Experts at the World Ocean Summit highlighted cohesive and urgent action as an imperative to prevent irreversible damage to our oceans.

Marine specialists, policymakers and activists in attendance at the 9th World Ocean Summit agreed that the aspirational goals for healthy oceans are far from being met. However, due recognition was given to select industries and sectors that are pushing themselves and their associations to embrace the principles of a sustainable blue economy. Focusing on solutions and problem-solving, the Summit spotlighted the efforts being made by various stakeholders to innovatively preserve ocean welfare.

As one of the key levers of change identified at the previous year’s Summit, aquaculture joined five other industry tracks represented at the event—energy, fishing, plastics, shipping and tourism—to highlight a range of themes that can help deliver global ocean goals by 2030. The talks considered critical technologies that could harvest ocean energy potential, support aquaculture and preserve marine biodiversity, while identifying pollution and overfishing as concerning obstacles.

Speakers reiterated the need to keep temperatures below the 1.5° threshold, while placing responsibility on global leaders and instrumental players to develop cross-border policies to support the transition to a blue economy.

Evolving industries and practices

Fish farms continue to advance their efficiency metrics by incorporating aquaculture technologies into their operations to monitor and control production. Satellite communication and data supervision are examples of the sector being well positioned to enable economic opportunities along with gradual attainment of thriving marine ecosystems. Healthcare experts at the Summit considered the public health angle, debating the use of chemicals in fish farming, the requirement of storage infrastructure, and the awareness of good protein that should be prioritised in the coming years. Expensive fishery management and a lack of regulation to curb illegal fishing were among the issues discussed at the event, with many delegates urging strong political leadership as a response.

Surprising estimates of the energy potential of offshore wind farms and tidal power quickly became a trending topic. Scaling up was deemed a key opportunity in the field, with academic speakers communicating the possibility of digital data collection being a fundamental lever of progress. In considering the implementation of a coordinated approach, some solutions talked about in the space encouraged cooperation between ocean infrastructure building and fishing communities. Similarly, discussion on integrated design factoring in ocean health and the energy transition identified actionable and assistive tools.

Private sector entities bear the burden of mitigating plastic pollution in oceans. Changing the way plastics are made requires manufacturing to support circular use rather than linear disposal, while keeping carbon emissions at their lowest possible level. As regulation emerges to support tighter targets, incentive for systemic change will see the industry revolutionise its mechanisms. Localised and international collaboration will be useful, as accessible technologies such as smartphone apps will empower society at large to be part of this change.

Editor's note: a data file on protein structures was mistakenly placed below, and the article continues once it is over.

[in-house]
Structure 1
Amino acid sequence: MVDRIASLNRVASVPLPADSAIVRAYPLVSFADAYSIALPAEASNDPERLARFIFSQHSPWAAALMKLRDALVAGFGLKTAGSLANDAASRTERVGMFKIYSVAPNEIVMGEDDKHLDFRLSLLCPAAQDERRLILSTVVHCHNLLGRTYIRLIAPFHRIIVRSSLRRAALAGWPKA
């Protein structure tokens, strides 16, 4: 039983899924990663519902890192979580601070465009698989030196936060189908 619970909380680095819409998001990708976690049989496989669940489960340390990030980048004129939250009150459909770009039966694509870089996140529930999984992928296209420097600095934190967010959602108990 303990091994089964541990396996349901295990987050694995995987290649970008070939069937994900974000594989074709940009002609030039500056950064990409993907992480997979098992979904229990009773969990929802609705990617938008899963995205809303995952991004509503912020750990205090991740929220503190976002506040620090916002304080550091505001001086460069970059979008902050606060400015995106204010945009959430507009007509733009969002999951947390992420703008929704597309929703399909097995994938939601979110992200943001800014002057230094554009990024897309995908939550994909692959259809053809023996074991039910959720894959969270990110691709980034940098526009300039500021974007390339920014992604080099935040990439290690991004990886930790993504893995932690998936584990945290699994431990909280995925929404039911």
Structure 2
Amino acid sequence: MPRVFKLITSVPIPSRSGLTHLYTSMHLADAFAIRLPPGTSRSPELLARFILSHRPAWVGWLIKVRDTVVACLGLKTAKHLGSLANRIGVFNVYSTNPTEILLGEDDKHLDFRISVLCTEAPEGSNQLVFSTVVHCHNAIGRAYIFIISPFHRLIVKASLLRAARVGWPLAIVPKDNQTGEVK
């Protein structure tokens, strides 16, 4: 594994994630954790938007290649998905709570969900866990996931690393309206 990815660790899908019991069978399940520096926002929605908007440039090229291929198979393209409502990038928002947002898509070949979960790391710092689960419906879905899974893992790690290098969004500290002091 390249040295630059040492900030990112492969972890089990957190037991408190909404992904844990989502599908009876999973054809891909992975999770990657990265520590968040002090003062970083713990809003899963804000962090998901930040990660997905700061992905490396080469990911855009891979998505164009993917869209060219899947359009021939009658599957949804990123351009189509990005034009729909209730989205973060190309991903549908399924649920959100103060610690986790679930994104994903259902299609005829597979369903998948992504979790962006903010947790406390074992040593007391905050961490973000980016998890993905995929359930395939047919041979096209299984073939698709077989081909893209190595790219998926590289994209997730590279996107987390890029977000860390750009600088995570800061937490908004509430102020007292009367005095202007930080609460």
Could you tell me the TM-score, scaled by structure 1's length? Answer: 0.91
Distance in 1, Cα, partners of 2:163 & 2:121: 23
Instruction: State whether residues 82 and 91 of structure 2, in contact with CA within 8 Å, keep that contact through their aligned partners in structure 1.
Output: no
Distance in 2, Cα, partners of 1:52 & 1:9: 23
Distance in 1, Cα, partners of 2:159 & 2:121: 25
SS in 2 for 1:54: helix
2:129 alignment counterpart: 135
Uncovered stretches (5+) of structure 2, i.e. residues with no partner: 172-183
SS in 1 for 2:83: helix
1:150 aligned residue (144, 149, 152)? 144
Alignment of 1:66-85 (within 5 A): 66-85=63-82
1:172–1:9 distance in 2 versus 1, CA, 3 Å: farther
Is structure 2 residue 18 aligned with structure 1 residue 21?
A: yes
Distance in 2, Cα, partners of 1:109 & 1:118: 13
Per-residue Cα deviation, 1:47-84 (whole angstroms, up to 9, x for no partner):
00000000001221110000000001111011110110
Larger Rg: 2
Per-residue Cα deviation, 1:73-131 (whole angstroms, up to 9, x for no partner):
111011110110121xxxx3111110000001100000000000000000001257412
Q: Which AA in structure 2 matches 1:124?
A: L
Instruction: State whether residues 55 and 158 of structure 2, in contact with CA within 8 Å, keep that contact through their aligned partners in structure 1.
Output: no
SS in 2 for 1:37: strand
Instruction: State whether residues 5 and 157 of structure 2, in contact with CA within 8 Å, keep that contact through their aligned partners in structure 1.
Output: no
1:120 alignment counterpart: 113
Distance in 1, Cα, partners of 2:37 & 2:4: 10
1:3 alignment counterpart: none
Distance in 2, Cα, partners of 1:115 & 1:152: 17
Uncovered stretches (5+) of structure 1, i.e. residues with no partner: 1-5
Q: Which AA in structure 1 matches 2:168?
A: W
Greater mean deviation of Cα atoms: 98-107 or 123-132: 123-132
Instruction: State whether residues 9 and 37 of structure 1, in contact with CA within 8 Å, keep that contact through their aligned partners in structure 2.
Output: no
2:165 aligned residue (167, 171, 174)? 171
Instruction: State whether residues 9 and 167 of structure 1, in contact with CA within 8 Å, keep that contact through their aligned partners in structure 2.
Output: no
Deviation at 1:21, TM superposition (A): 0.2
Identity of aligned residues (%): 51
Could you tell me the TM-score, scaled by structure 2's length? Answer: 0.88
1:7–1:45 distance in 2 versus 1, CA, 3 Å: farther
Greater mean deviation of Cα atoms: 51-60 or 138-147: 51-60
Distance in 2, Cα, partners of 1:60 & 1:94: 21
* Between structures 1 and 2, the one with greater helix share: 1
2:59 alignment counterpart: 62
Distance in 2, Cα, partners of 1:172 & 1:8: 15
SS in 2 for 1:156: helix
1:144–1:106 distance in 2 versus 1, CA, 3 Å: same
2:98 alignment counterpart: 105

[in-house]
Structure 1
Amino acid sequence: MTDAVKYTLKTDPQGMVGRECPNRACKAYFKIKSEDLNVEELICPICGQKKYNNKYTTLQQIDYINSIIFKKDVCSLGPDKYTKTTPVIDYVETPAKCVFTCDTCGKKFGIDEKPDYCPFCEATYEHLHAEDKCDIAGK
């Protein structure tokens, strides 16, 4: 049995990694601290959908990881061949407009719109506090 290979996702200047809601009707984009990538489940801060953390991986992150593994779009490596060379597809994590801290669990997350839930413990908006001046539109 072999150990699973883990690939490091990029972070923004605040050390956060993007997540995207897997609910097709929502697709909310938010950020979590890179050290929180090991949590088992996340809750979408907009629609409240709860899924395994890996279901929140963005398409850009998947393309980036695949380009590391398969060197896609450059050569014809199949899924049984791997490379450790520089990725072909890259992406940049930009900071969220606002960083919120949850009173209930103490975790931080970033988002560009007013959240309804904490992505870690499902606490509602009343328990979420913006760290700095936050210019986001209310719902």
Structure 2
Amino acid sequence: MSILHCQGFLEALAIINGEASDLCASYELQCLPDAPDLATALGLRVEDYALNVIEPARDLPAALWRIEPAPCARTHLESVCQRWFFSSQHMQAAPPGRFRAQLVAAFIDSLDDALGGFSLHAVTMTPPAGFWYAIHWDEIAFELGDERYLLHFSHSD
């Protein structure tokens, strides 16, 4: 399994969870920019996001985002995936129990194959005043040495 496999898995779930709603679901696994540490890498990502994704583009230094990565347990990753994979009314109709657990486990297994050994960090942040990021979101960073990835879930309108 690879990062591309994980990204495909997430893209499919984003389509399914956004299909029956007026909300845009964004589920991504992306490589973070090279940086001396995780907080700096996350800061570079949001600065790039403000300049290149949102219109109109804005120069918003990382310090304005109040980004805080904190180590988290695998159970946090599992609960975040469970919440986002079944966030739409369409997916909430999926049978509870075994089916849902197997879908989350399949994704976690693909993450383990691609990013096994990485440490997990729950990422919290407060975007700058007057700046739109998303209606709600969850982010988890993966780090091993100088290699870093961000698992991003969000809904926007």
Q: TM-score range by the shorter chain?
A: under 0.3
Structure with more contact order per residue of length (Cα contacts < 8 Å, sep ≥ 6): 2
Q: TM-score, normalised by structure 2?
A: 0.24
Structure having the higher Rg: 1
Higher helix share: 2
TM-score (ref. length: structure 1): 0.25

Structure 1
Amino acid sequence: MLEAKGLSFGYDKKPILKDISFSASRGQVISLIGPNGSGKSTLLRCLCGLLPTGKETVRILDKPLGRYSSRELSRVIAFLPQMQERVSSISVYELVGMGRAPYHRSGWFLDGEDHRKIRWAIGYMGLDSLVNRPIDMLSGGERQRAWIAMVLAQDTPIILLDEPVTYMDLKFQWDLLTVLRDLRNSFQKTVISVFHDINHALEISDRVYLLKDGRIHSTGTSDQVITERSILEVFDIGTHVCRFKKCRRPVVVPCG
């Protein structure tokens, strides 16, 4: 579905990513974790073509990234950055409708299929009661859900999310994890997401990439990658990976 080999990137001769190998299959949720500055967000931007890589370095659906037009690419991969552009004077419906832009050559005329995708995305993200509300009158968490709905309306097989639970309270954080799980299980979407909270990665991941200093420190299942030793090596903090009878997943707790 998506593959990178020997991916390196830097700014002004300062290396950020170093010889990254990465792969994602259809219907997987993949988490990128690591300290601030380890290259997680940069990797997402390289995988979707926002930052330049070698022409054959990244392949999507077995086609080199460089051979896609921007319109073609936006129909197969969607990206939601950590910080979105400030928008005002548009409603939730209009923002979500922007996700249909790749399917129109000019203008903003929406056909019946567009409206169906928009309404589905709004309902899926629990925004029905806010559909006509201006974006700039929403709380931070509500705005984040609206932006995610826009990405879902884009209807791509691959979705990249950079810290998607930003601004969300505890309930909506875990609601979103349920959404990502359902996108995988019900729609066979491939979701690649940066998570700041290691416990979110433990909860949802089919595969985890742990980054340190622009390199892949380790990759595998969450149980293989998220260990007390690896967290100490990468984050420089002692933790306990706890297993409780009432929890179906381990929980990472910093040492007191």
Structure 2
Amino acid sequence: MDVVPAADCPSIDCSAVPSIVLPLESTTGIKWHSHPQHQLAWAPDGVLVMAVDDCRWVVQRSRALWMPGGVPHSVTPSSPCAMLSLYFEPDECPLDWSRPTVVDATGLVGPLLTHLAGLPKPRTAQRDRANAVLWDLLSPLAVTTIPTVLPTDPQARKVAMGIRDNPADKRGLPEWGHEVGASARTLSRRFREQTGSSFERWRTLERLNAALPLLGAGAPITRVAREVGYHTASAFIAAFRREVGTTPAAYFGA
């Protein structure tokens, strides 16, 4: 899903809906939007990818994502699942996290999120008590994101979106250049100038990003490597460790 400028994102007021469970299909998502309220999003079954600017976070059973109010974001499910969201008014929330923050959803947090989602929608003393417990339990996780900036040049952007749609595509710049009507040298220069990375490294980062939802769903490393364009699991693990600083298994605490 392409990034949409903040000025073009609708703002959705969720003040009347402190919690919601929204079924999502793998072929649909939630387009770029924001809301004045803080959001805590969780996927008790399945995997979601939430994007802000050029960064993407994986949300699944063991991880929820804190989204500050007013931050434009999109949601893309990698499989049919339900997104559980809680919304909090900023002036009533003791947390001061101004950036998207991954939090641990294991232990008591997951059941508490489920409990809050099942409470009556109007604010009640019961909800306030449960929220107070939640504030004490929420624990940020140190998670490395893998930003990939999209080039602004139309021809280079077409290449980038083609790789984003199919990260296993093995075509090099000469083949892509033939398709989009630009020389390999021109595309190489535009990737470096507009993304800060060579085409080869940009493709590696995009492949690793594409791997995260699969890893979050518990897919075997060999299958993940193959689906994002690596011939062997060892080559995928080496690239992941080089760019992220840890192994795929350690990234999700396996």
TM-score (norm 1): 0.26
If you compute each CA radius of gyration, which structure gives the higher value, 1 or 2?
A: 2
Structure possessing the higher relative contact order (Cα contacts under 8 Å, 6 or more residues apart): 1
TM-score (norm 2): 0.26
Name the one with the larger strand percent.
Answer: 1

As one of the most polluting industries in the world, shipping has long struggled with a comprehensive transition to green fuels. Pressure to apply more ambitious targets to the sector, such as the net-zero goal, is expected to accelerate a mass shift to more sustainable energy sources. Regulators also stepped up at the Summit to address their role in supporting the demand for green fuels. Options such as tariffs, cap-and-trade, and secure capital investment were deliberated as potential primary solutions.

With the easing of the pandemic, tourism is expected to skyrocket. Ensuring that the environmental gains seen over the past few years are maintained and enhanced, hospitality groups are convening to remodel their operating strategies to include biodiversity preservation, reef rehabilitation and marine conservation at their core. Working with local governments to establish inland infrastructure to protect oceans from land pollution, the tourism sector will see a great deal of shared planning in the near future.

oceans preservation: collaborating to achieve sustainable goals by 2030

Current and upcoming efforts to oceans sustainable goals

The European Union (EU) took the opportunity to emphasise its trade policies that are in place to develop awareness and appreciation of the benefits of healthy marine systems for human life.

The European Commission discussed a comprehensive plan developed in conjunction with the EU’s Green Deal to cut EU emissions by 55% by 2030 compared to the 1990 baseline, while achieving complete carbon neutrality by 2050.

COP27 was a hot topic at the Summit, with many asserting the need to hold the world to its marine commitments and enforce implementation during the 2022 event. Reflecting on COP26, speakers cited the trend of policymakers incorporating nature-based solutions in their actions to tackle ocean degradation.

The United Nations Environment Programme Finance Initiative (UNEP FI) launched a new toolkit at the Summit to guide financial institutions in making decisions to fund safe and impactful investment instruments that support ocean ecosystems.

The European Investment Bank (EIB) discussed its Blue Sustainable Ocean Strategy (Blue SOS) to help it make considered and substantial investments in responsible coastal infrastructure, green maritime operations, and more.

Corporate giants such as Walmart presented a 2050 target to actively support and work with sustainable tuna fisheries.

oceans sustainable goals by 2030

Source: Ocean Economist